Status could also be an issue in the language and artwork on the quarter. The Secretary of the Treasury is to decide on it in consultation with the chief executive of each area. Would a Governor Calderon, for example, try to use it to promote her concept of "Commonwealth" the name of Puerto Rico’s local government that she (erroneously) regards as a non-territorial status? Such a situation could lead the secretary to exercise his authority to decide on the design unilaterally. Under the bill, he can also involve local artists and others in the design process.

The federal treasury is likely to be the biggest beneficiary of the bill. It costs four cents to make a quarter. Collectors and individuals are expected to keep, rather than spend, many of the commemorative quarters. Castle estimated that $1 billion in DC and territorial quarters — at a profit of 21 Cents each, would be bought and not used — a profit for the federal treasury as long as they are not used.


Leaders of the U.S. Senate and House of Representatives on the military construction bill for the fiscal year that began October 1 this week agreed to rescind an earlier appropriation of $30,700,000 for three improvements to the U.S. Army’s Fort Buchanan in San Juan, Puerto Rico. The bill is expected to be enacted into law soon.

The funds for the long-planned projects were not previously spent because Congress put a moratorium on construction at Fort Buchanan in 2000 in agreeing to let the residents of the island of Vieques, Puerto Rico determine whether the U.S. Navy training range on the island would be closed by May 1, 2003. The moratorium was put in place since closure of the range would free up working space at the Navy’s Roosevelt Roads, Puerto Rico station. It was reasons that this space could then be used to house Army operations conducted at Fort Buchanan.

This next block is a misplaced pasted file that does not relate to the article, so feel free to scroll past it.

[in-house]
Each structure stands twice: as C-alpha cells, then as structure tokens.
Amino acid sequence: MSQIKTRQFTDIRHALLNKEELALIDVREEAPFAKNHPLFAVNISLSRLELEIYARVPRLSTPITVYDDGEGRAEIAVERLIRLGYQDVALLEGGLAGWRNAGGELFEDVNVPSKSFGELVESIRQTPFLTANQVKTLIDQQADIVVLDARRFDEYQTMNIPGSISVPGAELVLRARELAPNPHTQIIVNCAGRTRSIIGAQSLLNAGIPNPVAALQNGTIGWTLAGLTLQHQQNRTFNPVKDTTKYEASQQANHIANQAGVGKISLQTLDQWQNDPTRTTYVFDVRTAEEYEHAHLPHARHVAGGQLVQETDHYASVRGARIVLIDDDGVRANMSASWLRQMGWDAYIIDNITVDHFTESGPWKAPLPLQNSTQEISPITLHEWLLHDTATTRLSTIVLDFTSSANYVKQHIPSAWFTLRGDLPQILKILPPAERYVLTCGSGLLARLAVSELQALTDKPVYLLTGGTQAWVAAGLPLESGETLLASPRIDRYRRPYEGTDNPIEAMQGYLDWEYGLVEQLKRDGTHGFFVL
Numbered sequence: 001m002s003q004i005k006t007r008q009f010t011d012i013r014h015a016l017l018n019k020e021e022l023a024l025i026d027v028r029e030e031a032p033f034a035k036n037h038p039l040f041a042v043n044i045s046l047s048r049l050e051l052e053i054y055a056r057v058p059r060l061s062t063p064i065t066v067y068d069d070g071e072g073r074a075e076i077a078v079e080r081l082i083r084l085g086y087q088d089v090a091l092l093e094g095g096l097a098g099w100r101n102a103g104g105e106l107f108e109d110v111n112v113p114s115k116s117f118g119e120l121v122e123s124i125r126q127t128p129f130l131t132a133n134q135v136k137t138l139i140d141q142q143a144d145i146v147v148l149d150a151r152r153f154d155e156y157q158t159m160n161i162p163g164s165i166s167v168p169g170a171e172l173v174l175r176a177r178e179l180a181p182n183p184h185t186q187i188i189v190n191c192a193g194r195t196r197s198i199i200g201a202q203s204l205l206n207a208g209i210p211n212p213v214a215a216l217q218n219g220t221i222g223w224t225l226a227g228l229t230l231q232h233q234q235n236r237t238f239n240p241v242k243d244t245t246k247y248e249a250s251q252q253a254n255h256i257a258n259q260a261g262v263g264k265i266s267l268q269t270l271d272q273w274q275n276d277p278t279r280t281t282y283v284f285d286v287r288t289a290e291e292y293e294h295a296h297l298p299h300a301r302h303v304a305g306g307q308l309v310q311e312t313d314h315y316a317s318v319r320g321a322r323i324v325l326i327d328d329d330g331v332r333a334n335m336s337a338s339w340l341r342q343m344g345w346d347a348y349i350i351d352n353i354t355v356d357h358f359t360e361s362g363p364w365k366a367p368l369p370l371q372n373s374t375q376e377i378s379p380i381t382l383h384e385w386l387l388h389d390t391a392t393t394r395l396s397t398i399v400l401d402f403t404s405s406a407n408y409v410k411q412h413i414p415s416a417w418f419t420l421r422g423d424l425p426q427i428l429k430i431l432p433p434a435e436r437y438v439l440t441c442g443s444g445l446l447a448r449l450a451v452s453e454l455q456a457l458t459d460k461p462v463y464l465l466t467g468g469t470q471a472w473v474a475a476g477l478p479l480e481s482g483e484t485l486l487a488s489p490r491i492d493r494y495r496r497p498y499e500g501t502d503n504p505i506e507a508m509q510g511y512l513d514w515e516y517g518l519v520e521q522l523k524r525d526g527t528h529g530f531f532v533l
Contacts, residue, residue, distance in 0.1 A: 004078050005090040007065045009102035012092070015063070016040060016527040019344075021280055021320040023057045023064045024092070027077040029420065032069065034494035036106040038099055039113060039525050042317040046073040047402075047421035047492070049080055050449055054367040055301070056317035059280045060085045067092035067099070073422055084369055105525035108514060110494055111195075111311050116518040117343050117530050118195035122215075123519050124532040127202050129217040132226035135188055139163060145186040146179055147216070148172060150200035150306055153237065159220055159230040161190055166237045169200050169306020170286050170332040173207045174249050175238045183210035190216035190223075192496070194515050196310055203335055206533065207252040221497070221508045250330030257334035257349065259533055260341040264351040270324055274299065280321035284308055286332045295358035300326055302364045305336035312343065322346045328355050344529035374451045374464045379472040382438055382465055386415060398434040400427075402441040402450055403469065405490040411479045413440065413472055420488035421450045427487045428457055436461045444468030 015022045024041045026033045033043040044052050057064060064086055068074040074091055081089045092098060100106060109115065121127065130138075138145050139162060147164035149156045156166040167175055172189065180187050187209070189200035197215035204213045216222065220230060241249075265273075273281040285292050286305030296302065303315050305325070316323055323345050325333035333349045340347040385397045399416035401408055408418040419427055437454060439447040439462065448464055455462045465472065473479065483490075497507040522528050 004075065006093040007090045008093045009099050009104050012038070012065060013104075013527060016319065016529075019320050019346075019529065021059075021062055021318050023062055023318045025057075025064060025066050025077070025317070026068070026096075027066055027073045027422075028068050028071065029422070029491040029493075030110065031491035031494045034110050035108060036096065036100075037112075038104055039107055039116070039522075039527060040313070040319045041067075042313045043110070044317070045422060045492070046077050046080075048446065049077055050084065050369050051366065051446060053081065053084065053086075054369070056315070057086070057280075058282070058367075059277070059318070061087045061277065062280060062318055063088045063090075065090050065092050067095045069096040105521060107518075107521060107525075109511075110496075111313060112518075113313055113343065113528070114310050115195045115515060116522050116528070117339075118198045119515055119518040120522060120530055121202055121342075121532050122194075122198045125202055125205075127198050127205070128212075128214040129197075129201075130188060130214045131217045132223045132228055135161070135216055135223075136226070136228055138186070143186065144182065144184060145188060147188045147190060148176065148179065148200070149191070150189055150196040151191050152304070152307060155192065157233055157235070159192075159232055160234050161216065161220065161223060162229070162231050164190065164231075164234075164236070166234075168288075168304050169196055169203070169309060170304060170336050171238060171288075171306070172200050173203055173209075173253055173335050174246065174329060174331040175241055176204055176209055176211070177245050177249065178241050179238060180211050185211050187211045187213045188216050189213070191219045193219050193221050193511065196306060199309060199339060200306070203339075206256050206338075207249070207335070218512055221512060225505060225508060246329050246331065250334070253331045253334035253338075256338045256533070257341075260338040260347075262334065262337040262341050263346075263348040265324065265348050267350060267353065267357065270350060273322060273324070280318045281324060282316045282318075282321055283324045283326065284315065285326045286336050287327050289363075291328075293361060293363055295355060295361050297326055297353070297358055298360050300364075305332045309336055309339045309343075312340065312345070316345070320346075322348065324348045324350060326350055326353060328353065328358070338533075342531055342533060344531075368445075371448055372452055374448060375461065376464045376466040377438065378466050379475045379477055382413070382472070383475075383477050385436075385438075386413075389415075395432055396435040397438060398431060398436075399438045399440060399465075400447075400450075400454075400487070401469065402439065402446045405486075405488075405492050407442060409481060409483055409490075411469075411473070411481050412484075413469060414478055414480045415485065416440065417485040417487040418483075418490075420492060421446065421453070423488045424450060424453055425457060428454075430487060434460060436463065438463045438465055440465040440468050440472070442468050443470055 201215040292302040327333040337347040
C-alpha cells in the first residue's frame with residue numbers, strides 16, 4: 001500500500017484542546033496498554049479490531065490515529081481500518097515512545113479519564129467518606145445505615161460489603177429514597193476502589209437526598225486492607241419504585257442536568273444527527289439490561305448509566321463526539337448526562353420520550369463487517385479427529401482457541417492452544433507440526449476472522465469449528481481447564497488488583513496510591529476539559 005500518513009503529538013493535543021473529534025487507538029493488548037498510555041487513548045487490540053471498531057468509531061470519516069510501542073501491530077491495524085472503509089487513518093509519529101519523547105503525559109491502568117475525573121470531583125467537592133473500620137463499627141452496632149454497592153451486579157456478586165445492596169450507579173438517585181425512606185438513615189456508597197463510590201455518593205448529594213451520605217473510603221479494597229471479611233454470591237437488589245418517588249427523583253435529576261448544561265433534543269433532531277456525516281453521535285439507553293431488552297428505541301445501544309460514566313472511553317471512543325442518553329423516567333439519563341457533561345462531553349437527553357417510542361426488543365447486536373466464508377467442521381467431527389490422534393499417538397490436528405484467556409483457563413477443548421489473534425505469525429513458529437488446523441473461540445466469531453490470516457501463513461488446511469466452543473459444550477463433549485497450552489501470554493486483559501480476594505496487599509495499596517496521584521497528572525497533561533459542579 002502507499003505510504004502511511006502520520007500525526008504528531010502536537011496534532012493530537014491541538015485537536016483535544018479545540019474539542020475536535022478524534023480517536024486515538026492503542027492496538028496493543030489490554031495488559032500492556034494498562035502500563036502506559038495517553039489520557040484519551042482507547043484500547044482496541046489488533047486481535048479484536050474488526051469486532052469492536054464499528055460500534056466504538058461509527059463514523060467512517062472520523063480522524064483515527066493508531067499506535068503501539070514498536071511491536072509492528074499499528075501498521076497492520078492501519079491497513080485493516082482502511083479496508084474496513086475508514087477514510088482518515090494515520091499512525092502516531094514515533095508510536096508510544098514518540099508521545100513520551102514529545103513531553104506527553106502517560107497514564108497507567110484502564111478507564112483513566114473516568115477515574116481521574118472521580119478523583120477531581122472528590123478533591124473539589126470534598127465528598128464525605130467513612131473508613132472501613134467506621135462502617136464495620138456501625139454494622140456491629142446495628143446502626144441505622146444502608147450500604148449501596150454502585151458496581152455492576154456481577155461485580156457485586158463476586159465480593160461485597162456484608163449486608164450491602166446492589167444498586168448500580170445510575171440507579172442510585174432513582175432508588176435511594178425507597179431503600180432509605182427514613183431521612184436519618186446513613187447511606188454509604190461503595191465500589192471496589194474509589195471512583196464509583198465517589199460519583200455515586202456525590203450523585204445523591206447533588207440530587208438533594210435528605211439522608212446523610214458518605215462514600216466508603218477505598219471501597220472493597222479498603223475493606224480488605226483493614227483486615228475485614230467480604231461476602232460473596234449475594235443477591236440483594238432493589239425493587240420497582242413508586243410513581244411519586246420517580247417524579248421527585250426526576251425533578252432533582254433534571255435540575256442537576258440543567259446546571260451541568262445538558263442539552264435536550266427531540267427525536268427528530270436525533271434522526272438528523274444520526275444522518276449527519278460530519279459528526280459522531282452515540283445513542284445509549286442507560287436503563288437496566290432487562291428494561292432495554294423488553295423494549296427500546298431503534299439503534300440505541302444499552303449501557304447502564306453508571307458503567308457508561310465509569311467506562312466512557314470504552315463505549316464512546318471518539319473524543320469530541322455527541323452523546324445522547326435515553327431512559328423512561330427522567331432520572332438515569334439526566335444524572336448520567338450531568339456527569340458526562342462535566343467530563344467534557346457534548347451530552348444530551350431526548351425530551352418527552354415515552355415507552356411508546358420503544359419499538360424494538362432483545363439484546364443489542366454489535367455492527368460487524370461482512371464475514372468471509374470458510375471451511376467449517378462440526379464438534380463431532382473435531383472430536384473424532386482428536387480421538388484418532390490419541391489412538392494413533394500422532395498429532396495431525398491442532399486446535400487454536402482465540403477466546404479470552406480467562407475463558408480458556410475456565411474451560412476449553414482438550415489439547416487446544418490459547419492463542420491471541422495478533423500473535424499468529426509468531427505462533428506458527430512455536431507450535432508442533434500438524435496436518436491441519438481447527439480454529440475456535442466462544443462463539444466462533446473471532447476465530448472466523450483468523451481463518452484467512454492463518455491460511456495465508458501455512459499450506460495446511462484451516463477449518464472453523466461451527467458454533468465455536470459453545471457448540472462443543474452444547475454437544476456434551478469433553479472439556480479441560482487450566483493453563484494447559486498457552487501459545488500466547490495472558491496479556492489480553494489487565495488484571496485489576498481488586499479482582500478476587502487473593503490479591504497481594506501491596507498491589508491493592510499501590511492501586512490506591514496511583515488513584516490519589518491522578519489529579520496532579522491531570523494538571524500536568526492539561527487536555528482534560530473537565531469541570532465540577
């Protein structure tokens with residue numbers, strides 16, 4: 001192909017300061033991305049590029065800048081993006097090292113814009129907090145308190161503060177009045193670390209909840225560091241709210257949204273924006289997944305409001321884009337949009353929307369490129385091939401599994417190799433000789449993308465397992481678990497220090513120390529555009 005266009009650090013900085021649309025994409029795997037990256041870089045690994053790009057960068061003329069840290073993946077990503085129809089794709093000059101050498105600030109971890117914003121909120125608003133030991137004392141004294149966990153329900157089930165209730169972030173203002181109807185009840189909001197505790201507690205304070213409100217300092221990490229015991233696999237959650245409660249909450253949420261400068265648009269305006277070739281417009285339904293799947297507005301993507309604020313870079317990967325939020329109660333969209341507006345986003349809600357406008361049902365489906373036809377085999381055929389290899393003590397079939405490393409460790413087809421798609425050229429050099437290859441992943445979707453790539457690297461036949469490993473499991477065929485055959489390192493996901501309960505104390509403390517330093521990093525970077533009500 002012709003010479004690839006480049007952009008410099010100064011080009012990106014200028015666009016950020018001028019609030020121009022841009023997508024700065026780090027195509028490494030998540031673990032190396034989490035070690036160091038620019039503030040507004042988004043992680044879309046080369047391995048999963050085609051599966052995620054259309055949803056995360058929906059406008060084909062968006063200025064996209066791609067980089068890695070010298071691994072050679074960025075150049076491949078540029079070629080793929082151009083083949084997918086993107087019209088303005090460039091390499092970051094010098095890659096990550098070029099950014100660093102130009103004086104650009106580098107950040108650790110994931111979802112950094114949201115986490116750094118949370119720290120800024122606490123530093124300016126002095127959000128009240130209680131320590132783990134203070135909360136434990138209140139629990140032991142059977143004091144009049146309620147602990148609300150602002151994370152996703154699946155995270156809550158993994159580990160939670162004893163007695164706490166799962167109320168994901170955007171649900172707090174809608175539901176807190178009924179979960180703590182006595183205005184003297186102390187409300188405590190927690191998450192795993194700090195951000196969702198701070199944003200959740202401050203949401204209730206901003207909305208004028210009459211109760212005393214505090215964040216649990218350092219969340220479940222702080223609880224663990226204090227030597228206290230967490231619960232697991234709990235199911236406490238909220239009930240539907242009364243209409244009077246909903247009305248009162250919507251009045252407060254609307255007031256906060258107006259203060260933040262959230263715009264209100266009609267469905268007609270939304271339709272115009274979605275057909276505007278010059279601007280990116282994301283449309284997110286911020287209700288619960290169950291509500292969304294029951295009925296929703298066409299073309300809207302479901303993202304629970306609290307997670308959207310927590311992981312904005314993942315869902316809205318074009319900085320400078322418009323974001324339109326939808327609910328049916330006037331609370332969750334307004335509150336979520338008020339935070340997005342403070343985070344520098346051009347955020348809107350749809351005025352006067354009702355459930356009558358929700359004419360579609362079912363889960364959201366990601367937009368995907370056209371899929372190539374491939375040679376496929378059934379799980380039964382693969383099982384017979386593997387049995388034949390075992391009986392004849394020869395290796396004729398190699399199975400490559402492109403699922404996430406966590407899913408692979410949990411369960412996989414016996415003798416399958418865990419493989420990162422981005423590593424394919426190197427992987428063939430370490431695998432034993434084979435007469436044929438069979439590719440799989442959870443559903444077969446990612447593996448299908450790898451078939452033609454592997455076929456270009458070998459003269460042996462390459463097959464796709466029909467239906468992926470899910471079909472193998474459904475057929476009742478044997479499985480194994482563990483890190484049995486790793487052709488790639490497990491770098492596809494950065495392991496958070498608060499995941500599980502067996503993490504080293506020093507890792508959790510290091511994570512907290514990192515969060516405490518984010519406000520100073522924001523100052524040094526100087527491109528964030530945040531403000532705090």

The funds were originally appropriated in connection with the 1999 relocation of the Army’s Southern Command headquarters (USARSO) from Panama to Puerto Rico. The Army recently decided to again relocate the headquarters, this time to a fort in Texas. The improvements at Fort Buchanan were, therefore, determined not to be needed.

USARSO was relocated in Puerto Rico due to the efforts of some key Army officials, the White House staff of then President Clinton, and Governor Pedro Rossello (statehood party/D). At the time, Defense Department budget officials objected because of the cost of operating in Puerto Rico.

After the relocation, the anti-U.S. military actions of some Puerto Rican nationalists -- including Governor Sila Calderon ("commonwealth" party/no national party) exacerbated Puerto Rico quality of life concerns of Army officials. When it became clear that USARSO remaining in Puerto Rico was not a forgone conclusion, Calderon said the headquarters was not important to Puerto Rico and did not lobby to keep it.

In fact, the headquarters pumped in tens -- and possibly hundreds -- of millions of dollars a year into Puerto Rico’s economy. Learning of this, Calderon made a last-minute effort to keep the headquarters. Unfortunately, her lobbying effort began after the decision had already been made to move USARSO.

The "Washington Update" appears weekly.

Self-Determination Legislation | Puerto Rico Herald Home
Newsstand | Puerto Rico | U.S. Government | Archives
Search | Mailing List | Contact Us | Feedback